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9 years ago

7 Steps of Agile System Analysis Process

While software system analysis is a complex and hard activity, people use it many years, so there should be some patterns and guides. There are a lot of books, some of them very good, most of them almost useless for agile developers, since based on solid Requirements Definition Phase with The Spec in the end.

In fact the process can be described with just several steps. All of them are important and in general could not be skipped.

1. Identify System Users

This is the most important question. If you miss with users, you will build the wrong solution. All further analyses will relay on defined user roles, so be very careful with this first step.

Typical questions:

2. Define Main Users Goals

Each user in the system has specific goals. One user role will use system not very frequently to solve just a few problems, while another user role will use system about 2 hours per day and resolve many complex problems. Why user will use this system? What problems will it solve?

Typical questions:

3. Define System Usage Patterns

Each user has common behavioral patterns. For example, Manager comes at work and start checking yesterday results. Or Frequent Flyer wants to optimize travel expenses for the next month. Or Sales Person having a call with existing unhappy customer. Or Resource Manager handles requests on additional developers for 3 projects simultaneously. All these are typical usage patterns. This is the best starting point for functional solution. You clearly see the real problems, you understand them well, you have all you need to be creative and invent simple, effective and elegant solution.

Typical questions:

4. Invent Functional Solution to Meet Users Goals and Usage Patterns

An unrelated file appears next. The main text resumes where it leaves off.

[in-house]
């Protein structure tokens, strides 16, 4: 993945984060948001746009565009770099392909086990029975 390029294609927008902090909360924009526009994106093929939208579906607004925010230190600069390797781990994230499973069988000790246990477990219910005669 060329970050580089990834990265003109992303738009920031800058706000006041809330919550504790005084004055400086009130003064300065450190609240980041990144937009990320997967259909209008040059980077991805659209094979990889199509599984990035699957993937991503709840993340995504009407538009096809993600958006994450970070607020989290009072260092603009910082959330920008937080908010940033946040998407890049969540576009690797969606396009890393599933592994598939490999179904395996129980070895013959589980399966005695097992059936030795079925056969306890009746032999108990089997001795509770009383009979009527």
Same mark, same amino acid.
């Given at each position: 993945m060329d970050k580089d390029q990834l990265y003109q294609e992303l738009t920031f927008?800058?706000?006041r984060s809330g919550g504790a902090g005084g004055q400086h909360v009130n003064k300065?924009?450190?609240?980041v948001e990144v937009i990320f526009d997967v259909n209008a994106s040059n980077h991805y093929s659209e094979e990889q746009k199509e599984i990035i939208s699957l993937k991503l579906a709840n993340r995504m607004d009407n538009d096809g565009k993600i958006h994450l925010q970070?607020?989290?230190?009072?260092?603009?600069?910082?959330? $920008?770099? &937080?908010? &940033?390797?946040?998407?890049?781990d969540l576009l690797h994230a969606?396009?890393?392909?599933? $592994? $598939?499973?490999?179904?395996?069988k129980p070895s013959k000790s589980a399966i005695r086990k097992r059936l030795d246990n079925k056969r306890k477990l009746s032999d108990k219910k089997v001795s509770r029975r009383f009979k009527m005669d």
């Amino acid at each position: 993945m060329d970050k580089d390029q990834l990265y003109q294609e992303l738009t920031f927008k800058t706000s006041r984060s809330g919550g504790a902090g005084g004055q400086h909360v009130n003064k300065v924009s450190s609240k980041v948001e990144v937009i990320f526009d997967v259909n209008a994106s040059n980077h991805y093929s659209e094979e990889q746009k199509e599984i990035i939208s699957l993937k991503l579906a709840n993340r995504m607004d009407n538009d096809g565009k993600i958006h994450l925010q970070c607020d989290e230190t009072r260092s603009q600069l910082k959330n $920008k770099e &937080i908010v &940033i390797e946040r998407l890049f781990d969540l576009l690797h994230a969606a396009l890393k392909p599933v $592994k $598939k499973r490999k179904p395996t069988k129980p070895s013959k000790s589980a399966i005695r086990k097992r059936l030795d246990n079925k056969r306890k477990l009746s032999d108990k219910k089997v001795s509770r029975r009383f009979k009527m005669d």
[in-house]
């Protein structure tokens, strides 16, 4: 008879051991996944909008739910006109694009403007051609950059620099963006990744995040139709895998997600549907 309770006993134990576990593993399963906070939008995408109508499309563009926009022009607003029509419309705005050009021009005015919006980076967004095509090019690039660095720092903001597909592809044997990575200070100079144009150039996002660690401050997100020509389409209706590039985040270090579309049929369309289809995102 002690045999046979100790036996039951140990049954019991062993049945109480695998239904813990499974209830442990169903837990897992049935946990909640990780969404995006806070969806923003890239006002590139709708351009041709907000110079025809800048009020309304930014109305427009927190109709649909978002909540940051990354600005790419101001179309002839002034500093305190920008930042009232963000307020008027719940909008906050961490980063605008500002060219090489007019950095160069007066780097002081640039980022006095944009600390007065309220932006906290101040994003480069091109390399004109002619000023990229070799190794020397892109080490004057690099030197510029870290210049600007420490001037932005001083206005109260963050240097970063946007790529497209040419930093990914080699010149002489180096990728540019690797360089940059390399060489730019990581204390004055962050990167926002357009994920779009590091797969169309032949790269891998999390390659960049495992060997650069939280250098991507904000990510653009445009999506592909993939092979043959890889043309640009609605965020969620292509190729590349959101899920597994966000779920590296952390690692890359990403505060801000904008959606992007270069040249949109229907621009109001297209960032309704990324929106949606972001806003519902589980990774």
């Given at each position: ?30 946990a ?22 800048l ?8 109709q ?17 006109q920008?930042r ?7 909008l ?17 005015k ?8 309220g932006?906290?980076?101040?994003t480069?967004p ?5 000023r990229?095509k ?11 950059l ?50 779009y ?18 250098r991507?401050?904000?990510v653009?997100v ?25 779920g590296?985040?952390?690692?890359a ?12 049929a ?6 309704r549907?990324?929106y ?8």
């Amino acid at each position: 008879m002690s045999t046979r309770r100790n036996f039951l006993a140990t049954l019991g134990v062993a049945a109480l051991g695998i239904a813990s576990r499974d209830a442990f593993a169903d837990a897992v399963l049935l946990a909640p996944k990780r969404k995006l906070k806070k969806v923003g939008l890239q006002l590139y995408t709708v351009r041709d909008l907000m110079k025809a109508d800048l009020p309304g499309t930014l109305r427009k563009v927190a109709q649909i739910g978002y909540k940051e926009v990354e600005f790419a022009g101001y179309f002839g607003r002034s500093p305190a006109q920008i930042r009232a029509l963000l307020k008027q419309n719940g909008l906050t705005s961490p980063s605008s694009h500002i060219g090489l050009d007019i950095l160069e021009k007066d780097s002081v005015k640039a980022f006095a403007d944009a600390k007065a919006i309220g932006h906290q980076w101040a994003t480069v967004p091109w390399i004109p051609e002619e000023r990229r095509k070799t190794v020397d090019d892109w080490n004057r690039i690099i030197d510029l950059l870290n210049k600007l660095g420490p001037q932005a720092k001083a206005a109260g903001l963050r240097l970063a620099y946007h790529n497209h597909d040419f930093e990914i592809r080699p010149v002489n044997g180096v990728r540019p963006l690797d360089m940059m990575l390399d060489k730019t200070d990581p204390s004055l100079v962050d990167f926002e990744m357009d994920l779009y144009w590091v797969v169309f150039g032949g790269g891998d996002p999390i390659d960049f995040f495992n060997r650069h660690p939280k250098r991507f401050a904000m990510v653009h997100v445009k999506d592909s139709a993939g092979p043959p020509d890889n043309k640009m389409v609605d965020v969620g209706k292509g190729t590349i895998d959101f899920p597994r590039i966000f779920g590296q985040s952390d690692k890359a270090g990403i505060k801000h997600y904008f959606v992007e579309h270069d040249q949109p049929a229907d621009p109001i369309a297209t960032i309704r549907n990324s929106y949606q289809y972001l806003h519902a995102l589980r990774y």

This is just a logical continuation of previous step, but maybe the most complex step. Here you think how to solve exact problem, discuss the solution, jump to steps 5-6, refine the solution, write down it and move to the next usage pattern.

Typical questions:

5. Define Main Navigation Paths

This and next steps usually performed together with step 4. Usually it is hard to invent great solution without tracking user paths and sketching some UI areas. In fact it is better to stay off UI as far as you can. In discussions replace all phrases like “Then User clicks Leads link in the top menu and sees leads list” with “Then User sees leads list”. Concentrate on information user need on each step, not on links and clicks. Good navigation path looks like this:


  1. Quickly add new lead into the system
  2. See leads list
  3. Find leads added yesterday
  4. See additional details for each yesterday lead

There is no UI in the list above, just information.

Typical questions:

6. Create UI Mockups

UI mockups are great to have a quick look at possible users/system interaction. Dashboard sketches are perfect. Forget about cool tools like Visio, Dreamweaver or any other UI prototyping tool. Dashboard sketches are the fastest, easiest and exciting thing to work with. You will group around dashboard with markers in hands and discuss where to place system settings link with great enthusiasm. Everyone can draw with a marker, but it is just not possible with computer. With marker in hand everyone feels that s/he can improve this UI and bring in cool ideas. Here is the place where team spirit rises! Draw UI sketch, make a photo on digital camera and put all photos in a single shared space.